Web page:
Dr Fauci acknowledges lives could have been saved with quicker action

Coronavirus: US ‘could have saved lives’ with earlier action, Fauci says

President's infectious disease expert says more could have been done early on to prevent Covid-19 deaths, but stops short of criticizing administration

Griffin Connolly
Monday 13 April 2020 09:00

The US could have prevented more deaths from coronavirus with earlier intervention from government and health officials to contain the spread of the virus, according to Donald Trump's infectious disease expert Anthony Fauci.

"I mean, obviously, you could logically say that if you had a process that was ongoing and you started mitigation earlier, you could have saved lives. Obviously. No one is going to deny that," Mr Fauci said in an interview on Sunday with CNN's Jake Tapper.

"But what goes into those kinds of decisions is complicated," Mr Fauci said, cautioning against coming down too harshly on government officials for how they responded to a complicated pandemic on which scientists had very little reliable data while they weighed other risks to shutting down the economy.

"But you're right. I mean obviously if we had right from the very beginning shut everything down, it may have been a little bit different. But there was a lot of pushback about shutting things down back then," Mr Fauci said.

By mid-day Sunday, more than 21,000 Americans had died from Covid-19. Officials have reported more than 525,000 cases. Both numbers are the highest of any country in the world, though some other countries have higher per capita death and infection rates.

Mr Fauci disagreed with Mr Tapper's notion that the US's ballooning number of confirmed cases of Covid-19 should be mostly attributed to its government not taking the coronavirus seriously enough in the crucial period from mid-February through mid-March, when the virus was first spreading in the US.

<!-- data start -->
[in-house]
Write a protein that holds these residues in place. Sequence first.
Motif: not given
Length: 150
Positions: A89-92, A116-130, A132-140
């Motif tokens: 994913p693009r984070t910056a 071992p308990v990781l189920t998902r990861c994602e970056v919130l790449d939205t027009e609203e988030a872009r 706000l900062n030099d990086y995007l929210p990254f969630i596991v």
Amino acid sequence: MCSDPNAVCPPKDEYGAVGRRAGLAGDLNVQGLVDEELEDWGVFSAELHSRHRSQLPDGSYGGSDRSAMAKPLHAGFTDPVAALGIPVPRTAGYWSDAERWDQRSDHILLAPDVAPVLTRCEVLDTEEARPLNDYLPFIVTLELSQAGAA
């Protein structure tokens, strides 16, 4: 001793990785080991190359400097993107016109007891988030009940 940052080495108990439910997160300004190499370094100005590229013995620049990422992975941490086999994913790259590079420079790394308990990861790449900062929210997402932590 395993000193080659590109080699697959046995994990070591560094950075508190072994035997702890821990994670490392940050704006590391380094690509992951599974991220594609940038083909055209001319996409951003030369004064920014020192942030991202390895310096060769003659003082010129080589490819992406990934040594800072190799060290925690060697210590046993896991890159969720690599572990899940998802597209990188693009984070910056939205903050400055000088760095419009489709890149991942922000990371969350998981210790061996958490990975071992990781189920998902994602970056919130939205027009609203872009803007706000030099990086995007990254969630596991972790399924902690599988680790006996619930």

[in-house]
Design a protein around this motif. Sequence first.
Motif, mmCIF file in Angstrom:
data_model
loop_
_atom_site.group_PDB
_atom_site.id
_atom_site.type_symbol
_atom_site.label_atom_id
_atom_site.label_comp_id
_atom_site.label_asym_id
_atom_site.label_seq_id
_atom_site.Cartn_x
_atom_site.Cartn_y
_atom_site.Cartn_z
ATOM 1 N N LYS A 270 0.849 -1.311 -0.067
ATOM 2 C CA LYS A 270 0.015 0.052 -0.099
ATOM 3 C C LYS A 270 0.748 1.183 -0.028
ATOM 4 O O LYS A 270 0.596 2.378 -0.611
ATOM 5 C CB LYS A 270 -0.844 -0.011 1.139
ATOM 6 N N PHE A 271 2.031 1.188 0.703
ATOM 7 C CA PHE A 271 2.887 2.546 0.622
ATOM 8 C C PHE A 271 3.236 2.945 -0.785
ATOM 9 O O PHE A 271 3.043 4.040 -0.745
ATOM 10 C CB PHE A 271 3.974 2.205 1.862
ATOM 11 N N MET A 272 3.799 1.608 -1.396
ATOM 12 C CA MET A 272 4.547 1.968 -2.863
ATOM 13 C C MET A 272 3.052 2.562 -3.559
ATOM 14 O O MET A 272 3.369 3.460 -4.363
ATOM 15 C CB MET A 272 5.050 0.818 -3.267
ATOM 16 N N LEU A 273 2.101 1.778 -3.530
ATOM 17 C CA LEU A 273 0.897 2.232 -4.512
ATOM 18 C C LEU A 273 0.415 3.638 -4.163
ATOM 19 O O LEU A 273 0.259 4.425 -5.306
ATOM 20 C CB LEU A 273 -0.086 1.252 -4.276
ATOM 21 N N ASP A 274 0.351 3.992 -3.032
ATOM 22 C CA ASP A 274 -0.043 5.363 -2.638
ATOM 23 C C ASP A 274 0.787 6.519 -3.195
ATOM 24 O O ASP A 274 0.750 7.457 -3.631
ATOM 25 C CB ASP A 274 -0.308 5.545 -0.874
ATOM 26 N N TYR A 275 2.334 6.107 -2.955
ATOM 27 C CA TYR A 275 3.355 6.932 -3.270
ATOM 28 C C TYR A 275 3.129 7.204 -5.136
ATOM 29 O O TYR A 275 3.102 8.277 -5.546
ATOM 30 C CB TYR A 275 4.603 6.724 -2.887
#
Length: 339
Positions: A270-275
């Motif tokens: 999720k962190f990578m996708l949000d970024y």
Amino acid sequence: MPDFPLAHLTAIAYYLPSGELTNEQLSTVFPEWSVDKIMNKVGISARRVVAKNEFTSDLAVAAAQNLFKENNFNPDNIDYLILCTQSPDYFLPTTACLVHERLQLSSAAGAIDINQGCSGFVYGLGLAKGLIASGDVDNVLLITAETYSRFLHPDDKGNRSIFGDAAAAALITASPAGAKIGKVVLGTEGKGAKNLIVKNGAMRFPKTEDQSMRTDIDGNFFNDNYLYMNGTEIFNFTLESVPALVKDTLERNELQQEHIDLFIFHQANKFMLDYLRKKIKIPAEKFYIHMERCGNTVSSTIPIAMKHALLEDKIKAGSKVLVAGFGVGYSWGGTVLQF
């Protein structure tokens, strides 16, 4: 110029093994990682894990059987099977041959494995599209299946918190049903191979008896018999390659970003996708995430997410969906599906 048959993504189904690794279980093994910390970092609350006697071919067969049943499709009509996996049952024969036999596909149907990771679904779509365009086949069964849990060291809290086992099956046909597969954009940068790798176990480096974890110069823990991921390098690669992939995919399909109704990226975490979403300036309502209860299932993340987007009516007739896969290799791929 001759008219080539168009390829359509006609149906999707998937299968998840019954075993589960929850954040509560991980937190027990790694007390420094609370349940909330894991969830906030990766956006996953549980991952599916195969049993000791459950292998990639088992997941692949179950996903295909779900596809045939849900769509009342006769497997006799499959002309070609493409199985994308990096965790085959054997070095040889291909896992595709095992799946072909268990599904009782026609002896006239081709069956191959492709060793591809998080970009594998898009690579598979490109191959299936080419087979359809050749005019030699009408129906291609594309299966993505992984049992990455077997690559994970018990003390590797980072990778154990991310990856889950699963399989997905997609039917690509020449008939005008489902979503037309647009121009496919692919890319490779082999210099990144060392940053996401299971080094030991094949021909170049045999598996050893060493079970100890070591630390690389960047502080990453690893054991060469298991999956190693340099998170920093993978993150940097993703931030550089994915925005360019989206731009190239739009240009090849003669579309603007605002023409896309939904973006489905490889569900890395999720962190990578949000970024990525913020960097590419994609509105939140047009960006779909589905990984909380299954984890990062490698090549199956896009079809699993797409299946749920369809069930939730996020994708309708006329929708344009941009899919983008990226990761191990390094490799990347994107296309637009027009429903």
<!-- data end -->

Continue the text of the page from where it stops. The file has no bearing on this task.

"It isn't as simple as that, Jake, I'm sorry, to just say, 'This is all happening because we got started too late,'" Mr Fauci said.

"Could you have done something a little bit earlier? Would it have had an impact? Obviously. But where we are right now is the result of a number of factors: the size of the country, the heterogeneity of the country," Mr Fauci said.

The New York Times reported over the weekend that Mr Fauci and other health officials had been trying to advise the president to begin advocating for preventive steps such as social distancing and partial shutdowns of the economy as early as the third week of February. Mr Trump didn't publicly endorse such steps until mid-March.

Meanwhile, Mr Trump has given his administration's response to the health crisis a perfect 10 out of 10 and recently downgraded the number of projected deaths from Covid-19 in the US to roughly 60,000, down from models that were predicting between 100,000 and 200,000 dead earlier this month.

“We’re going to win. We’re going to do it much sooner than people think," Mr Trump said at his daily coronavirus press briefing last Thursday, where he projected a strong bounce back by the US economy.

Mr Fauci said on Sunday that the US could begin loosening some of its economic shutdown and social distancing restrictions as early as "next month," a timeline that comports with Mr Trump's target date of 1 May for re-opening parts of the economy.

"We are hoping that at the end of the month we could look around and say, 'Okay, is there any element here that we can safely and cautiously start pulling back on?' If so, do it. If not, then just continue to hunker down," Mr Fauci said.


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